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Dear John

May 9, 2012
Wetzel Chronicle

Dear John, I am unsure how to tell you something that I know will hurt you. I guess the best way is to tell you outright I have found someone new. Your being away for so long has changed my heart's affection for you. I hope you will understand this is a most difficult decision for me. It is only fair to tell you that I have found a new love. That love is your best friend, Bill. We both hope to still be friends when you return home. This is the best for the three of us.

With Best Regards,


P.S. We sold your old car to get money for our honeymoon. I know you would want us to be happy.


A Dear John or Jane letter is perhaps one of the most notable letters someone can receive from another person. It is most often written when time and distance comes between two people who were in love or at least thought they were. The letter has the ability to break-up with someone and not come face to face with that person. Most likely that will happen later.

It is not known when the first letter was written, but most likely it was far back in history. Writing was believed to have begun in ancient cultures of the Middle East. It is very unlikely a Dear John letter was inscribed in clay tables or on papyrus paper. But those who first wrote in symbols and later in early text understood the importance of writing. The new messages could be written down and given to someone later. Man had discovered a way to communicate in a way other than face to face.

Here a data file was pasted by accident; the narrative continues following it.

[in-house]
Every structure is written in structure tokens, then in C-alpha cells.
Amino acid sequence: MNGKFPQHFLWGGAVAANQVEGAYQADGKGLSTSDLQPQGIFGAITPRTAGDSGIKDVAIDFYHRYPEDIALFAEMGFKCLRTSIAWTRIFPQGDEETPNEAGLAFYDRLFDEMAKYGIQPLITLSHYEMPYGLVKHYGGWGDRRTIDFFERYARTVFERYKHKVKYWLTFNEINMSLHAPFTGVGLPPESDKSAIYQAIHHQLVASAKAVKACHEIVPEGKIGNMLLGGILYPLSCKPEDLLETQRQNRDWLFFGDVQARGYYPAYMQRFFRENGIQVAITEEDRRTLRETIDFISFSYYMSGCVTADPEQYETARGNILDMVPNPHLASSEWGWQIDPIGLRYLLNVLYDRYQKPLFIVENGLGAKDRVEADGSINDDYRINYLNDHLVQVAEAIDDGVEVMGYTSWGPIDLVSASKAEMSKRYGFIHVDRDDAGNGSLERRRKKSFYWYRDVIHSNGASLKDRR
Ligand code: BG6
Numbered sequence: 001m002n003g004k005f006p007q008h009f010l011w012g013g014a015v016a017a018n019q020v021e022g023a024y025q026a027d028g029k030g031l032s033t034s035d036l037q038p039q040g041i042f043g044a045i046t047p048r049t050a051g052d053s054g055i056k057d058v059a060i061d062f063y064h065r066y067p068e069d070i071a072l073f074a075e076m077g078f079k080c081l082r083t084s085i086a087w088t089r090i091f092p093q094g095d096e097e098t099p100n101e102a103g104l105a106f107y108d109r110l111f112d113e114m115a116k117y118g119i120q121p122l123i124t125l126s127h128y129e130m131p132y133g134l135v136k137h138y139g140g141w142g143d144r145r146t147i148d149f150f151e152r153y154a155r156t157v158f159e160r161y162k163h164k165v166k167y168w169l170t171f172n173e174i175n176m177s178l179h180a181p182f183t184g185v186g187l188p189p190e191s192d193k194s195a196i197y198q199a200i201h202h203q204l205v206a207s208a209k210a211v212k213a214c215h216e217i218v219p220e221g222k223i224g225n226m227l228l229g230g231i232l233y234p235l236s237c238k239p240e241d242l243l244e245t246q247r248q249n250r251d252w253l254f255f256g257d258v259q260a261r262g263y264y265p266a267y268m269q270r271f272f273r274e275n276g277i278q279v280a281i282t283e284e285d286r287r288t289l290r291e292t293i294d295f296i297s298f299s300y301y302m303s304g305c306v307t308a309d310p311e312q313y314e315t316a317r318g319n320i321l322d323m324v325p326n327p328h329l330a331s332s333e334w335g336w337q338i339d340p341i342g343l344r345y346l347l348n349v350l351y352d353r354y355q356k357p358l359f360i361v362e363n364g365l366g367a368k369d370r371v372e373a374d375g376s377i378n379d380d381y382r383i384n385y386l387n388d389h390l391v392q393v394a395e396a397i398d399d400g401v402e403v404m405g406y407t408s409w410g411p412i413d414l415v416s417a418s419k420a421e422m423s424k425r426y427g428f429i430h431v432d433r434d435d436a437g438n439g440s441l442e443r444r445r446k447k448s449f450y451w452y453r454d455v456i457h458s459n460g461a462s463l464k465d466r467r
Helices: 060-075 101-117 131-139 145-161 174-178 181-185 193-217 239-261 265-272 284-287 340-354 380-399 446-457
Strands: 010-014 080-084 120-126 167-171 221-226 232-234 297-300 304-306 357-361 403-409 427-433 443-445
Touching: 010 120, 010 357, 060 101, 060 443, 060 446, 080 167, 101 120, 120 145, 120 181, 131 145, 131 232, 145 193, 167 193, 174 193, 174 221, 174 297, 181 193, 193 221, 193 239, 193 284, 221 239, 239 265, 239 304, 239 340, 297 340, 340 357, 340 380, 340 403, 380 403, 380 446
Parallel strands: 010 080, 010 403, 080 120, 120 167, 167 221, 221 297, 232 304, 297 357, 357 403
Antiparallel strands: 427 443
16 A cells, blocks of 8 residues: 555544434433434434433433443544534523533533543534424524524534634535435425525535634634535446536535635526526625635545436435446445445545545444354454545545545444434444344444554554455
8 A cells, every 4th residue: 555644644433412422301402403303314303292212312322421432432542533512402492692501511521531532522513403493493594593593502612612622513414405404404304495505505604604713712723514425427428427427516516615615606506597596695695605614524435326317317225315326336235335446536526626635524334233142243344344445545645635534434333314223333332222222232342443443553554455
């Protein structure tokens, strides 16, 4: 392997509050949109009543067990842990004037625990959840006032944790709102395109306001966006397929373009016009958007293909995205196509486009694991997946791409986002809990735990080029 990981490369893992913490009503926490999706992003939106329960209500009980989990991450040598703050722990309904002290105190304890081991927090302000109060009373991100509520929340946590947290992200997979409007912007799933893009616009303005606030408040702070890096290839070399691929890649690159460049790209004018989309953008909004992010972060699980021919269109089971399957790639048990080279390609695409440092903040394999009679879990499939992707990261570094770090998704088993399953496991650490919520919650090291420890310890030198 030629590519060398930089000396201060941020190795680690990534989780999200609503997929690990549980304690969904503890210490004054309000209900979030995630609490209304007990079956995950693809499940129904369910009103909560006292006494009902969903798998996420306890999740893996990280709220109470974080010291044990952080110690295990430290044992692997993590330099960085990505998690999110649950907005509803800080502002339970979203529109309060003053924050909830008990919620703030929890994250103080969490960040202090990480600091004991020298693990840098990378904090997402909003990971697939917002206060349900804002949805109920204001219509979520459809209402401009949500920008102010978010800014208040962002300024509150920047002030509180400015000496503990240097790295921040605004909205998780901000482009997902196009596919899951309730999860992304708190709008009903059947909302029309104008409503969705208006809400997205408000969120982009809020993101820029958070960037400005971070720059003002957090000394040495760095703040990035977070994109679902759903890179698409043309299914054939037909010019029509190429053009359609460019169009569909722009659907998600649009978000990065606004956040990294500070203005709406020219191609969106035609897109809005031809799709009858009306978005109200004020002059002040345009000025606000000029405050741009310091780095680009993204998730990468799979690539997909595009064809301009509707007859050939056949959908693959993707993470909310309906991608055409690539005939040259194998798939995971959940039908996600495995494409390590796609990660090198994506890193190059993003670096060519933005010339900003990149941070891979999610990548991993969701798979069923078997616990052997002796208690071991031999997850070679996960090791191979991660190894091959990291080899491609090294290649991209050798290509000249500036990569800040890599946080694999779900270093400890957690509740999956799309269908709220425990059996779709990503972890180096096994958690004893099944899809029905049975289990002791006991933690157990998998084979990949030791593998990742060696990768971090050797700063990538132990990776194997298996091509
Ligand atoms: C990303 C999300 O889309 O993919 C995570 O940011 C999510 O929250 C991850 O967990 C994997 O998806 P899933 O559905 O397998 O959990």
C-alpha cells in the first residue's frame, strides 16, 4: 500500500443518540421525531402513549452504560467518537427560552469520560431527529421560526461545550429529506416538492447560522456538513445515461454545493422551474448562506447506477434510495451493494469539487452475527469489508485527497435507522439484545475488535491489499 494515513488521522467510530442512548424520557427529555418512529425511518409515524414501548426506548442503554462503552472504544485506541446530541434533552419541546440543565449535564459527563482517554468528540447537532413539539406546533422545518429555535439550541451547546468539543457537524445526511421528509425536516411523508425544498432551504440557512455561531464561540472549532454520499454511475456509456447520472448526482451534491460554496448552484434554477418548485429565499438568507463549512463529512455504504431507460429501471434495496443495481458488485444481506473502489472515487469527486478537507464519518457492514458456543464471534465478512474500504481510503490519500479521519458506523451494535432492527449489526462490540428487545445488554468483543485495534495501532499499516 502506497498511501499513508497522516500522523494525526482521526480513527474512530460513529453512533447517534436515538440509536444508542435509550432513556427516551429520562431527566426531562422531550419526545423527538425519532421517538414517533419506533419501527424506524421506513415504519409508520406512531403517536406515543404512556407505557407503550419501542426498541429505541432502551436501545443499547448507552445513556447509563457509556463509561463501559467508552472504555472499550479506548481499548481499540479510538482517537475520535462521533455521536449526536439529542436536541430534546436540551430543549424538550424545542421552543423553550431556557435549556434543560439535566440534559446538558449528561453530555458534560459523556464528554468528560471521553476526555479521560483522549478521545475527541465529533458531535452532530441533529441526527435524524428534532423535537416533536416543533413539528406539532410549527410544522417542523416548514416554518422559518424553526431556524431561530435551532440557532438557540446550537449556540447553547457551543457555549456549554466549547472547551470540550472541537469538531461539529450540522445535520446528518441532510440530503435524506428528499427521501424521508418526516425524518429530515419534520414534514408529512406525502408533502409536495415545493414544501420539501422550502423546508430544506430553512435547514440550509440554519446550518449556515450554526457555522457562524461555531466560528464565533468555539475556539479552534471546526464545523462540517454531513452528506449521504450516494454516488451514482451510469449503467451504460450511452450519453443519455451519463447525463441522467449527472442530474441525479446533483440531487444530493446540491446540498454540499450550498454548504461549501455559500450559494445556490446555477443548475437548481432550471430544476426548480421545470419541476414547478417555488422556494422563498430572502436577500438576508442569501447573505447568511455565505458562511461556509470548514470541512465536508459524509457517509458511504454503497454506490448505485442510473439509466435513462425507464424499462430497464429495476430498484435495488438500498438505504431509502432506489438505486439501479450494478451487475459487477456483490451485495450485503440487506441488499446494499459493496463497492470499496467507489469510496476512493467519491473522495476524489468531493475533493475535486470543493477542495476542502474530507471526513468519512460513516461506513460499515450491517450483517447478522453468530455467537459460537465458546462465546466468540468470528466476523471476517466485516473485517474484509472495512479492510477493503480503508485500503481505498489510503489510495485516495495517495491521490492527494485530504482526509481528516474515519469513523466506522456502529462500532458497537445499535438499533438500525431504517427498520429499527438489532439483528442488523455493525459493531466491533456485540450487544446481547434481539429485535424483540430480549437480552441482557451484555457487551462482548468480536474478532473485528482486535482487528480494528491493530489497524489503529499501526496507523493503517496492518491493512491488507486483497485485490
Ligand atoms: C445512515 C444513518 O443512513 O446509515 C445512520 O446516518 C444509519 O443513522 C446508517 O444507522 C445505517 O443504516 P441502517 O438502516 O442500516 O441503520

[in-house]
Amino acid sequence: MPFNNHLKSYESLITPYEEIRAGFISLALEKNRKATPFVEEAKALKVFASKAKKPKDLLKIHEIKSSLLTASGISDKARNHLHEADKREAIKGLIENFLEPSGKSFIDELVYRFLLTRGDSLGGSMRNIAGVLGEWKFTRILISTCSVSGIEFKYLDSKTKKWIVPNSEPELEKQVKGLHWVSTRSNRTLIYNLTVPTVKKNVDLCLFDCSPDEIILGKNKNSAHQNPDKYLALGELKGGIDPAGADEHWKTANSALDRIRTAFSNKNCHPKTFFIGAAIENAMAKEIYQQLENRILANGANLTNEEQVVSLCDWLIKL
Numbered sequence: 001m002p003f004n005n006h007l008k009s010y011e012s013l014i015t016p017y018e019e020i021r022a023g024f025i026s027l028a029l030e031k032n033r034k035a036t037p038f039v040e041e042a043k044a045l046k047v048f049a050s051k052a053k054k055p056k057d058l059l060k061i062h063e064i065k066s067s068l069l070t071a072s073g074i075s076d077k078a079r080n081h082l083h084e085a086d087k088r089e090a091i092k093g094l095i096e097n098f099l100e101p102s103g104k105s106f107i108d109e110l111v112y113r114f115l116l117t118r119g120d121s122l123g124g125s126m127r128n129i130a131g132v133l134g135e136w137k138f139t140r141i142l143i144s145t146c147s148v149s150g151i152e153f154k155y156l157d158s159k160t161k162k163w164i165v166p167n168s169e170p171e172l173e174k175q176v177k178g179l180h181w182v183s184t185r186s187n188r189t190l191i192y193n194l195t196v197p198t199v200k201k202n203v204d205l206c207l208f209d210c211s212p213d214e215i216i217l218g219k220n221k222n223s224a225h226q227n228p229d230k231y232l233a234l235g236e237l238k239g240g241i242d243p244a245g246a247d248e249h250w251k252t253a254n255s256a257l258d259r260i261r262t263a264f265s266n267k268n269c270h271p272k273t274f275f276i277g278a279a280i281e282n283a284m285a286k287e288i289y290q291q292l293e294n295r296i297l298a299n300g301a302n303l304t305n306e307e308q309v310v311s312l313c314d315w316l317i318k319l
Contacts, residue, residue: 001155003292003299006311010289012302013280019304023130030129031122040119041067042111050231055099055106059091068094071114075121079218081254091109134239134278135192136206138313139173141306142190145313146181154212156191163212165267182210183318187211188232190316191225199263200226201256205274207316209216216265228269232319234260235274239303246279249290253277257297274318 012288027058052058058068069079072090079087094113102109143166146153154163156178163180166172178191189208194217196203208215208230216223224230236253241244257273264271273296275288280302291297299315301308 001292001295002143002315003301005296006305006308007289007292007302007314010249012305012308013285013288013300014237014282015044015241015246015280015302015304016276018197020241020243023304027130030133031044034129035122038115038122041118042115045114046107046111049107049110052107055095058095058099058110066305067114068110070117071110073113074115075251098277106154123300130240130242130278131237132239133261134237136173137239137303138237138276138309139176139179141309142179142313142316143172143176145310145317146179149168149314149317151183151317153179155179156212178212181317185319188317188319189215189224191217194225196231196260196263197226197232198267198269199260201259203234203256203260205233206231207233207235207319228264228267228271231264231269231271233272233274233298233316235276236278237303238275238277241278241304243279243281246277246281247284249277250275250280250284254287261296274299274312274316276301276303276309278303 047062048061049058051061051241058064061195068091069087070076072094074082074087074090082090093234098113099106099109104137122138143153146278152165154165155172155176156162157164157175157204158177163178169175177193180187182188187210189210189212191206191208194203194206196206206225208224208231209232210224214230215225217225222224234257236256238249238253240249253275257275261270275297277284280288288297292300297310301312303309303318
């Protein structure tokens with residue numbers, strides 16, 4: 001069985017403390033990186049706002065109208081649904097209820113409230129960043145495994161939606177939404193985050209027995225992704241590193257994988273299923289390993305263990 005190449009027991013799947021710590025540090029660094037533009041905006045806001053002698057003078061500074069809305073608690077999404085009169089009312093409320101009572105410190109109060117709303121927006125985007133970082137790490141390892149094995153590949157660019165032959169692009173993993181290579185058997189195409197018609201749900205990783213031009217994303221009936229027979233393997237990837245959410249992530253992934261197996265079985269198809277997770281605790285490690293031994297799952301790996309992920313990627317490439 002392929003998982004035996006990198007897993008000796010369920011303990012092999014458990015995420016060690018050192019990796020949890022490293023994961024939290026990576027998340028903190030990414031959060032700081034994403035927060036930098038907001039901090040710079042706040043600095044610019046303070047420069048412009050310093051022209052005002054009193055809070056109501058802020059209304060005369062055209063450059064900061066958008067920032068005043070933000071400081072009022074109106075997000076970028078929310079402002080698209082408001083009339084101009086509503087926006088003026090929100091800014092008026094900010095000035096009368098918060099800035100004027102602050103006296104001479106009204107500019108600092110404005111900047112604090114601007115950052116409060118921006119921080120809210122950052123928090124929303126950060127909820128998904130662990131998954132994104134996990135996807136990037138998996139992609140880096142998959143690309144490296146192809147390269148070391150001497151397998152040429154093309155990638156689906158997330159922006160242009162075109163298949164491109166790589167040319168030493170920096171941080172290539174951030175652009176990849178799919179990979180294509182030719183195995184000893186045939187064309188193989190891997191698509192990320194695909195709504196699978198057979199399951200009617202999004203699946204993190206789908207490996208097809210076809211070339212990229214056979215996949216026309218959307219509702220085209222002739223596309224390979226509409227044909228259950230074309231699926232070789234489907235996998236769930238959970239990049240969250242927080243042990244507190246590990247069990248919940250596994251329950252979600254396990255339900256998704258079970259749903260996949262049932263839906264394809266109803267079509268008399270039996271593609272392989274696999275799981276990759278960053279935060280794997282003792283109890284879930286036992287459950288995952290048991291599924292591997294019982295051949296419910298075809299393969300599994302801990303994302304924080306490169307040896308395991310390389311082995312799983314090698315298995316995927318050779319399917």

Love letters have been around for many years throughout history. Some letters have survived to be retold and published much later. Napoleon Bonaparte was perhaps one of history's most prolific writers of love letters to his beloved Josephine. "I cannot go a day without loving you: I cannot go a night without holding you in my arms. I cannot have a cup of tea without cursing the glory and the ambition which keeps me away from the love of my life." He thought himself to be a writer along with being a great Emperor.

Letters from soldiers in the Civil War have told of the terrible loneliness in the waiting for battle and the lost glory of war when battle came. Soldiers in the field often see things and write them down so everyone who read their accounts understands the realities of war and being away from family. Some were known as a letters from the front.

There was a time when a letter from a loved one would announce itself even before being opened. On the back side where the envelope was sealed is an impression in red lipstick of the loved ones lips. Below it would be four letters. SWAK, or sealed with a kiss. Often a bit of perfume was added to the letter to remind the letter's recipient of a favorite aroma.

Perhaps the first letter we may have received was from the girl sitting across from us in class. You remember it was folded a special way before a friend gave it to you. There must have been some rule that the first love letter you send or receive is delivered by a third party. You open the letter and it may say only a few words. "I like you. Do you like me?" Most often girls were the first to send letters. Boys never were big on writing down their feelings. And do you remember the first time you wrote down," I love you?"